Hip-hop holds the power, possibility, and potential to make a difference. G Herbo wields this power more and more effectively on each subsequent project. The critically acclaimed Chicago rapper consistently utilizes his platform to tell true stories in order to incite change. In 2020, he aims to make the biggest impact yet on his third full-length album, PTSD.

Over the course of the tracklisting, the MC destigmatizes and dispels myths surrounding the title condition. For nearly a century, Western Medicine solely associated PTSD with war veterans as a post- combat condition. Due to modern breakthroughs, recent studies ascribe it to victims of trauma, trials, and tribulations in the toughest inner-city neighborhoods as well.

“I want to spread awareness of my situation, how I’ve lived, and how I’ve reacted to my own journey with PTSD,” he explains. “A lot of people don’t understand—even if they’re in it. Once you acknowledge you’re in a f**ked-up situation and you have Post-Traumatic Stress Disorder, you can overcome it.”

In many ways, he positioned himself to do so with a string of acclaimed releases since Ballin Like I’m Kobe in 2016. Elevating himself out of one of Chicago’s roughest sections, the East Side neighborhood known as “Terror Town,” he claimed a spot on the charts with 2017’s debut album, Humble Beast, which crashed the Top 25 of the Billboard Top 200. Meanwhile, his 2018 collaboration with Southside, Swervo, shook the culture. It captured #15 on the Top 200 and went Top 10 on the Top Rap Albums Chart and Top 10 on the Top R&B Hip-Hop Albums Chart. Pitchfork touted Swervo among “The Best Rap Albums of 2018” stating, “Through it all, G Herbo never abandons the puns and hater-dismantling bars that have helped him become one of the Windy City’s very best.”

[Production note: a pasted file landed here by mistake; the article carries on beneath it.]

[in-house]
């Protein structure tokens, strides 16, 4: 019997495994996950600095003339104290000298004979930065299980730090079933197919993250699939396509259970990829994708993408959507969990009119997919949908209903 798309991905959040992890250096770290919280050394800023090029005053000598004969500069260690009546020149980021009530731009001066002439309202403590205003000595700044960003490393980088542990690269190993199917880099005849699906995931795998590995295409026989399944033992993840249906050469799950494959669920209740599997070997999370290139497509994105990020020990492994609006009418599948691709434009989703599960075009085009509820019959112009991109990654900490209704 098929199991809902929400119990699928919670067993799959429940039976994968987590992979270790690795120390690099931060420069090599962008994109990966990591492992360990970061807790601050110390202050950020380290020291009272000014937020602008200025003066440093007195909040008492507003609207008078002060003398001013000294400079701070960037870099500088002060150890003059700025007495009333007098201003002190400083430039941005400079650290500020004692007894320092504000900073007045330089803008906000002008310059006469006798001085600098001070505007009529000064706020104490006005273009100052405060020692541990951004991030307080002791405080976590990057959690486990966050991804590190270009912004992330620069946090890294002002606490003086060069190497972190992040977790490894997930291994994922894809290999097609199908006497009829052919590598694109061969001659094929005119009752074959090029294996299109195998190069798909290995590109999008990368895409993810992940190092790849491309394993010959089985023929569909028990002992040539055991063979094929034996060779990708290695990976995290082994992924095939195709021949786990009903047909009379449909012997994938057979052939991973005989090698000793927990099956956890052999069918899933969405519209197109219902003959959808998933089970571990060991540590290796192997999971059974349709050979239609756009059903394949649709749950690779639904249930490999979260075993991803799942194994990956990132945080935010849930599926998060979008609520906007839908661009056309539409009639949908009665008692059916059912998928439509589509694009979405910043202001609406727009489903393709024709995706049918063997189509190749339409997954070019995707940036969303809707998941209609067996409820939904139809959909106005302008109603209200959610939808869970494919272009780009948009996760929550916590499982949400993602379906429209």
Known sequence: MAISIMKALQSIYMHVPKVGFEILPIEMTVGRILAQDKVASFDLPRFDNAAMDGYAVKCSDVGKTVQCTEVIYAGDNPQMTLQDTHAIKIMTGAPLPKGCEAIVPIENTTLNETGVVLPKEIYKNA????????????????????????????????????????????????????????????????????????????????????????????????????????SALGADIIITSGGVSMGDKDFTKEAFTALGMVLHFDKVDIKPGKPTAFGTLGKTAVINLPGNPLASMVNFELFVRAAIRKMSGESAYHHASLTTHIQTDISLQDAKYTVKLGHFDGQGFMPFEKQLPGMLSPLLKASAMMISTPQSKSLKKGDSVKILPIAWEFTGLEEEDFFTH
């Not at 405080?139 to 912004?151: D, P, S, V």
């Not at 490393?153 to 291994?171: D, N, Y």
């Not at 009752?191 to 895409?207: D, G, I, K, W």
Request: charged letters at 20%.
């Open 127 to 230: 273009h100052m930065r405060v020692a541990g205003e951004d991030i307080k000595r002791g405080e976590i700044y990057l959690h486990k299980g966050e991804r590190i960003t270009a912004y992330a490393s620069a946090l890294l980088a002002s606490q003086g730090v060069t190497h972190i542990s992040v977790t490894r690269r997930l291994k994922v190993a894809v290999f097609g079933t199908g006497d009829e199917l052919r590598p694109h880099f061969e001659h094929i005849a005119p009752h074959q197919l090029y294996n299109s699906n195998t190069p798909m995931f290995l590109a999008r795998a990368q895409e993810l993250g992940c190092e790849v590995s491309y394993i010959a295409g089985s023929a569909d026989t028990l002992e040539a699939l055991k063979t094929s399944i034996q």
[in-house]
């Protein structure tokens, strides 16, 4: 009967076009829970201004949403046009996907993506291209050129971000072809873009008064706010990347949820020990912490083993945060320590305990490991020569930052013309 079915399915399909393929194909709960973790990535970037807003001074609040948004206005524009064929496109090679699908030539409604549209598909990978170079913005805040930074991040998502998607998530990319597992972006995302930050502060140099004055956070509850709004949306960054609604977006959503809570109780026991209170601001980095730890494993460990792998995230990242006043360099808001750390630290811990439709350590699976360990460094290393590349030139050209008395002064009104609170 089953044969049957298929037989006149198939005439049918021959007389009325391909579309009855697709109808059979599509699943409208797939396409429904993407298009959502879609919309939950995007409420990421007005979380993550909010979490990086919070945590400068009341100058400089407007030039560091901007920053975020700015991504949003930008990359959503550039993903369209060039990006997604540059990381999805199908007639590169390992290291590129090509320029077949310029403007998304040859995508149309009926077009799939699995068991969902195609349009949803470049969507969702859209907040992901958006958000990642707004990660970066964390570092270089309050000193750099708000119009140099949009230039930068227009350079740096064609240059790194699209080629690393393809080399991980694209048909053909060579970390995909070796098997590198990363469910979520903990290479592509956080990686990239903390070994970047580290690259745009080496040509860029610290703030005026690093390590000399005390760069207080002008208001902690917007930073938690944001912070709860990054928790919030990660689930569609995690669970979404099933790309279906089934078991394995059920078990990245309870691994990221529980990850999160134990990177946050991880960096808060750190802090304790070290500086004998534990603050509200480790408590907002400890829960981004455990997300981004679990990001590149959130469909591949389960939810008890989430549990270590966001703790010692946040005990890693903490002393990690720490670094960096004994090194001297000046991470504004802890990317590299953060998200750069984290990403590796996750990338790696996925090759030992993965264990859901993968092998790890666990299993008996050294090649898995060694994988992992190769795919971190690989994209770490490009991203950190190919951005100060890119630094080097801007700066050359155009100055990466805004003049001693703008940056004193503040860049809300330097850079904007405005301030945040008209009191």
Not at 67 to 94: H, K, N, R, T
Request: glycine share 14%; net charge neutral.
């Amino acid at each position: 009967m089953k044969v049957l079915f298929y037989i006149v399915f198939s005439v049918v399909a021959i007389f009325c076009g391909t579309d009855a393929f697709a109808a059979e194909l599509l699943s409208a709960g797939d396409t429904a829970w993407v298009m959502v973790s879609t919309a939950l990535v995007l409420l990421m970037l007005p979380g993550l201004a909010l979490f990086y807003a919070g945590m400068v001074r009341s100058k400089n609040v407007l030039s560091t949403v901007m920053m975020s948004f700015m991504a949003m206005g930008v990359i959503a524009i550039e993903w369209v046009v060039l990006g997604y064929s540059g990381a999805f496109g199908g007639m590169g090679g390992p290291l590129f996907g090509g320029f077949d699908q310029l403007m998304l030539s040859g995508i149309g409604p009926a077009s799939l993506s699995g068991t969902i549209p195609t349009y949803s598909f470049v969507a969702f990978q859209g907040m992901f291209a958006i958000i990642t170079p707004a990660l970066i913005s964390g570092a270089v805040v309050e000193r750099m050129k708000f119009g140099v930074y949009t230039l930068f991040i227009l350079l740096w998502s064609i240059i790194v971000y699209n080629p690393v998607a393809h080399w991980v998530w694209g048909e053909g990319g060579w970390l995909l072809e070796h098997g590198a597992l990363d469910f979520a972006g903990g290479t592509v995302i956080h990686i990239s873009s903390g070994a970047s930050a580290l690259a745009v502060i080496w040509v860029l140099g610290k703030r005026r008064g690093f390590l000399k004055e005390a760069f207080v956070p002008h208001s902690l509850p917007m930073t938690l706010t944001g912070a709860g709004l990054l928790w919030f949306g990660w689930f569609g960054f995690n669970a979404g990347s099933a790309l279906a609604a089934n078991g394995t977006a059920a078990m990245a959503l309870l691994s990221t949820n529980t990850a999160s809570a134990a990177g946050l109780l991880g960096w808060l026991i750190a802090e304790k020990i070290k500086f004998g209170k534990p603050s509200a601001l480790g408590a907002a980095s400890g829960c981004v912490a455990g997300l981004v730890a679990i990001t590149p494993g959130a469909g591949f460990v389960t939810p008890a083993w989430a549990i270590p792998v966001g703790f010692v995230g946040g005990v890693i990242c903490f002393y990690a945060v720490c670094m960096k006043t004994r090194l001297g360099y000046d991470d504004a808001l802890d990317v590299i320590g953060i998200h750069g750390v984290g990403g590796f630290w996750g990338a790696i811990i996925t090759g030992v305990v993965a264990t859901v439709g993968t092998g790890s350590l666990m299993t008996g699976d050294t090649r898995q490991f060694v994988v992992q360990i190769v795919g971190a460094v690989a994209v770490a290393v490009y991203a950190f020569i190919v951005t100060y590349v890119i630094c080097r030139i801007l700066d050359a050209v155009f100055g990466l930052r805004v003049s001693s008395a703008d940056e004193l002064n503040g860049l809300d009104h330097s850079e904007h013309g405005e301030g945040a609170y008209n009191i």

However, in 2019, he received a life-changing diagnosis…

“I was clinically diagnosed with PTSD,” he admits. “I saw my first murder when I was nine-years-old. I’ve had over 50 friends die from gun violence. I’m realizing key components that made me who I was at 16- and 17-years-old. I didn’t understand before. I’m finally understanding now. I’ve decided to speak on so many situations like being shot early and watching my friend die and bleed out in front of me. I’m finally realizing what everything did to me.”

G Herbo has sharpened his signature storytelling more than ever before. He anchors a personal narrative in airtight rhymes, bold bars, and confessional hooks. The grit remains intact but refined with wisdom gleamed from years in the game and newfound confidence.

“I’ve grown a lot as an artist and a storyteller, because I’m able to point my finger directly on what it is I want to talk about and why it made me feel this way,” he states. “I wasn’t able to do that years ago.”

In the end, G Herbo shares an important message on PTSD.

“I want to help people understand why they feel the way they do and overcome it,” he leaves off. “Nobody gave me all of the steps, but I think I might be able to help.”